Pablo Neruda (1904-1973) was born Neftalí Ricardo Reyes Basoalto in Parral, Chile. His father was a railway employee and his mother, who died shortly after his birth, a teacher. He spent his childhood and youth in the logging town of Temuco, where he also got to know Gabriela Mistral, head of the girls' secondary school, who took a liking to him. At the early age of 13 he began to contribute some articles to the daily La Mañana, among them, Entusiasmo y Perseverancia - his first publication - and his first poem. In 1920, he started contributing to the literary journal Selva Austral using the pen name of Pablo Neruda, which he adopted in memory of the Czechoslovak poet Jan Neruda. Some of the poems Neruda wrote at that time are to be found in his first published book, Crepusculario (1923). The following year saw the publication of Veinte poemas de amor y una canción desesperada (Twenty Love Poems and a Song of Despair), one of his best-known and most translated works. Alongside his literary activities, Neruda studied French and pedagogy at the University of Chile in Santiago.

Between 1927 and 1935, the government put him in charge of a number of honorary consulships, which took him to Burma, Ceylon, Java, Singapore, Buenos Aires, Barcelona and Madrid. His poetic production during that difficult period included, among other works, the collection of esoteric surrealistic poems, Residencia en la tierra (1933), which marked his literary breakthrough. But his outspoken condemnation of Chile’s exploitation by American corporations led to charges of treason. He fled the country and had to live in exile for some years.

The Spanish Civil War and the murder of García Lorca, whom Neruda knew, affected him strongly and made him join the Republican movement, first in Spain, and later in France, where he started working on his collection of poems España en el Corazón (1937). The same year he returned to Chile, to which he had been recalled, and his poetry during the following period was characterised by an orientation towards political and social matters. España en el Corazón had a great impact, being printed in the middle of the front during the Civil War.

In 1939, Neruda was appointed consul for the Spanish emigration, based in Paris, and, shortly afterwards, Consul General in Mexico, where he rewrote his Canto General de Chile, transforming it into an epic poem about the whole South American continent, its nature, its people and its historical destiny. This work, entitled Canto General, was published in Mexico 1950, and also underground in Chile. It consists of approximately 250 poems brought together into 15 literary cycles and constitutes the central part of Neruda's production. Shortly after its publication, Canto General was translated into some ten languages. Nearly all these poems were written in difficult circumstances when Neruda was living abroad.

In 1943, Neruda returned to Chile, and in 1945 he was elected senator of the Republic, also joining the Communist Party of Chile. Due to his protests against President González Videla's repressive policy against striking miners in 1947, he had to live underground in his own country for two years until he managed to leave in 1949. After living in different European countries he returned home in 1952. Much of what he published during that period bears the stamp of his political activities; one example is Las Uvas y el Viento (1954), a diary of his exile. In Odas elementales (1954-59) his message is expanded into a more extensive description of the world, with the objects of the hymns - things, events and relations - presented in alphabetic form.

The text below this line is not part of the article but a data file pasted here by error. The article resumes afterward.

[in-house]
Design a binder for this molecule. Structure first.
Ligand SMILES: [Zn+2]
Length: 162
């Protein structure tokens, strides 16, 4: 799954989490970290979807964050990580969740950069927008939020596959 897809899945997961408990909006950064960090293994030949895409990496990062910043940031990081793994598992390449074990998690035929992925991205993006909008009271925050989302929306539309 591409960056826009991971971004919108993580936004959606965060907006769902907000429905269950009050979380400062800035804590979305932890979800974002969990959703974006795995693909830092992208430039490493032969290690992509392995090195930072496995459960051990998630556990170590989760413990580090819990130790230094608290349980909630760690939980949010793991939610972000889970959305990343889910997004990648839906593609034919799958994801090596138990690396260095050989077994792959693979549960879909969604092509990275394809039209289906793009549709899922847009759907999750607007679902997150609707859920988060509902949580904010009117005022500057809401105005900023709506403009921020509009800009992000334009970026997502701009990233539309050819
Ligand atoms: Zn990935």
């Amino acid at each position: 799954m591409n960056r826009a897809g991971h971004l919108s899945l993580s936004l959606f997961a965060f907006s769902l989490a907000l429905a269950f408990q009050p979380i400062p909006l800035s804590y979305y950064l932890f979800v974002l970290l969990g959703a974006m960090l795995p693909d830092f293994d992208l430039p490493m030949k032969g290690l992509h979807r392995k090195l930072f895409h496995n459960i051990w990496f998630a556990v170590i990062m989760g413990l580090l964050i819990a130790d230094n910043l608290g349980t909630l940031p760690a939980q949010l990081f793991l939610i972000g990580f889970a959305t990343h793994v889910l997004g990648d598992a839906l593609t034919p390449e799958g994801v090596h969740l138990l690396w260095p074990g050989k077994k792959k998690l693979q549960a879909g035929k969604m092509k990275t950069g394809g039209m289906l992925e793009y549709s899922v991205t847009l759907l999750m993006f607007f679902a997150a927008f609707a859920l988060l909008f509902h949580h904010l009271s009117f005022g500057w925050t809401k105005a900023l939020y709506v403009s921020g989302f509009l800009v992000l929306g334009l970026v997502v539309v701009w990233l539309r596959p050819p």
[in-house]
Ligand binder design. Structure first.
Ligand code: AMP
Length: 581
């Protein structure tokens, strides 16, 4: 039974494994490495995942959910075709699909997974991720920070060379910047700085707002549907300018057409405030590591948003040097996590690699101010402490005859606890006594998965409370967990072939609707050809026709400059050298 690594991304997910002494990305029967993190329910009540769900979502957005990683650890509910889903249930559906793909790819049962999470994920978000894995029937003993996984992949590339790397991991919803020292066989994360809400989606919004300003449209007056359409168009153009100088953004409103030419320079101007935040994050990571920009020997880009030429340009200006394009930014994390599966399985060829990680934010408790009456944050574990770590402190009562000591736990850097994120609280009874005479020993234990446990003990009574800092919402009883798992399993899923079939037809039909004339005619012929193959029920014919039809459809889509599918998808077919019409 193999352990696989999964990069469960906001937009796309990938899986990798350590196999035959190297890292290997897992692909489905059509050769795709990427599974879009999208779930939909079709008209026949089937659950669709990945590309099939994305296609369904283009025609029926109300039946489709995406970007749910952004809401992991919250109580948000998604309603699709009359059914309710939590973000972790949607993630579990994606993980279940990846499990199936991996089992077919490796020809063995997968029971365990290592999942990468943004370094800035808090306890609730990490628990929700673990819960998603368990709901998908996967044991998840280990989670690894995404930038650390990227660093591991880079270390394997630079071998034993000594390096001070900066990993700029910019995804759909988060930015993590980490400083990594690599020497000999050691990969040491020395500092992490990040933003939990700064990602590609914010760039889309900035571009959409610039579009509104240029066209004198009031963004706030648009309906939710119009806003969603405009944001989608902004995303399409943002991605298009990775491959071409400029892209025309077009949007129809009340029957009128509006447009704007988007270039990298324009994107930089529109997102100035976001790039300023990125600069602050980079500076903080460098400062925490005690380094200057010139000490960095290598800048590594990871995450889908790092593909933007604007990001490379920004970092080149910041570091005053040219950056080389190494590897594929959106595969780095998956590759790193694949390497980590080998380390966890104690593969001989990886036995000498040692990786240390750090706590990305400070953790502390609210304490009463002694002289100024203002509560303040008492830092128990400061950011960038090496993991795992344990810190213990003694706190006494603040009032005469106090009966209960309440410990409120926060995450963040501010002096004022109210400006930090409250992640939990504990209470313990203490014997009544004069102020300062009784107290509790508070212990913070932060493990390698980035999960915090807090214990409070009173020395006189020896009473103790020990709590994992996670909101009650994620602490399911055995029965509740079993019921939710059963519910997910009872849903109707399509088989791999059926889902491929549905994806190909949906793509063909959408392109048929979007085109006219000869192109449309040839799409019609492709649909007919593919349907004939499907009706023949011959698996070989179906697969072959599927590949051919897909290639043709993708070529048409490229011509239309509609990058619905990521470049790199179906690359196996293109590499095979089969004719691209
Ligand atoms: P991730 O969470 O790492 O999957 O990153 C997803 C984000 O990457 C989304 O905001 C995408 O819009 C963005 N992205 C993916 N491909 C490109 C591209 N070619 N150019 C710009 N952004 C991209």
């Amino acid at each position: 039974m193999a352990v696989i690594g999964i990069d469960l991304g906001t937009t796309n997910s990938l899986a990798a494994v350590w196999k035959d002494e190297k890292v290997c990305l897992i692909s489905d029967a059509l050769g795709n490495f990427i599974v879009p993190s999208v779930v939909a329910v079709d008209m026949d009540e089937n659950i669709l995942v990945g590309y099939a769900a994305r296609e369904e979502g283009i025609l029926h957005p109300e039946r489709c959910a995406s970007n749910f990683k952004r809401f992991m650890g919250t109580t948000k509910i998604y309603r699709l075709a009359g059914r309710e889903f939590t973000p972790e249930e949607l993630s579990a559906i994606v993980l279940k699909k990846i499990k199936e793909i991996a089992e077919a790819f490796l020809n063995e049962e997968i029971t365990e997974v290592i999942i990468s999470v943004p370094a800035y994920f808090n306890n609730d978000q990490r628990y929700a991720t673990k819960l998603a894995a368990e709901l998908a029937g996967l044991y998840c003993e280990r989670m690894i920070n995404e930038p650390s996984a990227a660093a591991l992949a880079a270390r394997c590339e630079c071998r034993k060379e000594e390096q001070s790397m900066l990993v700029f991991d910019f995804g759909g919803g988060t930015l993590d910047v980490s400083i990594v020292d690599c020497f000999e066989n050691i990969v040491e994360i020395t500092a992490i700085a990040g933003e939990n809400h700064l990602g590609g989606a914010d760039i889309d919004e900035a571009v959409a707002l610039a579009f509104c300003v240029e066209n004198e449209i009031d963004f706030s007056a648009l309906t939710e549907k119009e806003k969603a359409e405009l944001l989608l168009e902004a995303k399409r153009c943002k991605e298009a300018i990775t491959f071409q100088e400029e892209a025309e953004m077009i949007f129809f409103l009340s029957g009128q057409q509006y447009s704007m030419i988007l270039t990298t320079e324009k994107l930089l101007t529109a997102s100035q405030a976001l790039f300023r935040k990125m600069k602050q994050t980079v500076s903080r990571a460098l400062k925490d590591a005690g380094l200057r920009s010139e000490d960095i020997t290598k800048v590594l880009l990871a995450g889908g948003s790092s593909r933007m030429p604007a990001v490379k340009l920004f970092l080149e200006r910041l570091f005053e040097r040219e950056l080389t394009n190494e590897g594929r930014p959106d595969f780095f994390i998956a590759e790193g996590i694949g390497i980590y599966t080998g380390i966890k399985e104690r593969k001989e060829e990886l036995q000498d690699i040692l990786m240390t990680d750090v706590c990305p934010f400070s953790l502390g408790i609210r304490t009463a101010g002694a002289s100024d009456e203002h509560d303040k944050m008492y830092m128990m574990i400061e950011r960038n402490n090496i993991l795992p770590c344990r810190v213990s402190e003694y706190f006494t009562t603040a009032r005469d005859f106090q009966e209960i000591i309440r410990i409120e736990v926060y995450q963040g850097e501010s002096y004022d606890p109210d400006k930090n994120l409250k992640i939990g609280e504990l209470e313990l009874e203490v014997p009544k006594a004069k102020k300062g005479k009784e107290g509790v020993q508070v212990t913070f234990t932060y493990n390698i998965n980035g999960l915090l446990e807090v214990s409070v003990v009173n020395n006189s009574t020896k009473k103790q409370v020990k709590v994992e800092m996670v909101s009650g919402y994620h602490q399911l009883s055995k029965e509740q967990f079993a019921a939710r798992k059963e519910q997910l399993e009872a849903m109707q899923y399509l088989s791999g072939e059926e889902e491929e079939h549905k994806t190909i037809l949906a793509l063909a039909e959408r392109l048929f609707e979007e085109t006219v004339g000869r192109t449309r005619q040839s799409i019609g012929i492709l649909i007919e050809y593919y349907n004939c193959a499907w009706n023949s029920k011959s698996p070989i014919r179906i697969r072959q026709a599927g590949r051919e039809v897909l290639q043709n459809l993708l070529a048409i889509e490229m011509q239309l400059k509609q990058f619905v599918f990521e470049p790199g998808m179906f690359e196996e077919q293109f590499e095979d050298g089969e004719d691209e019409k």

Neruda's Obras Completas, constantly republished, comprised 459 pages in 1951; in 1962 the number of pages was 1925, and in 1968 it amounted to 3237, in two volumes. His works of the last few years include Cien sonetos de amor (1959), which includes poems dedicated to his wife Matilde Urrutia; Memorial de Isla Negra (1964), Arte de pajáros (1966), La Barcarola (1967), the play Fulgor y muerte de Joaquín Murieta (1967), Las manos del día (1968), Fin del mundo (1969), Las piedras del cielo (1970), and La espada encendida (1970).

Pablo Neruda won the Nobel Prize in Literature in 1971. This biographical note is condensed from one in Nobel Lectures, Literature 1968-1980, Editor-in-Charge Tore Frängsmyr, Editor Sture Allén (World Scientific Publishing Co., Singapore, 1993).

Neruda was close to President Salvador Allende, but hospitalised with cancer at the time of the coup d'état led by Augusto Pinochet. Twelve days after going into hospital, Neruda died of heart failure. Already a legend in life, Neruda's death reverberated around the world. Pinochet had denied permission to transform Neruda's funeral into a public event. However, thousands of grieving Chileans disobeyed the curfew and crowded the streets. Neruda's funeral became the first public protest against the Chilean military dictatorship.

Books by Pablo Neruda




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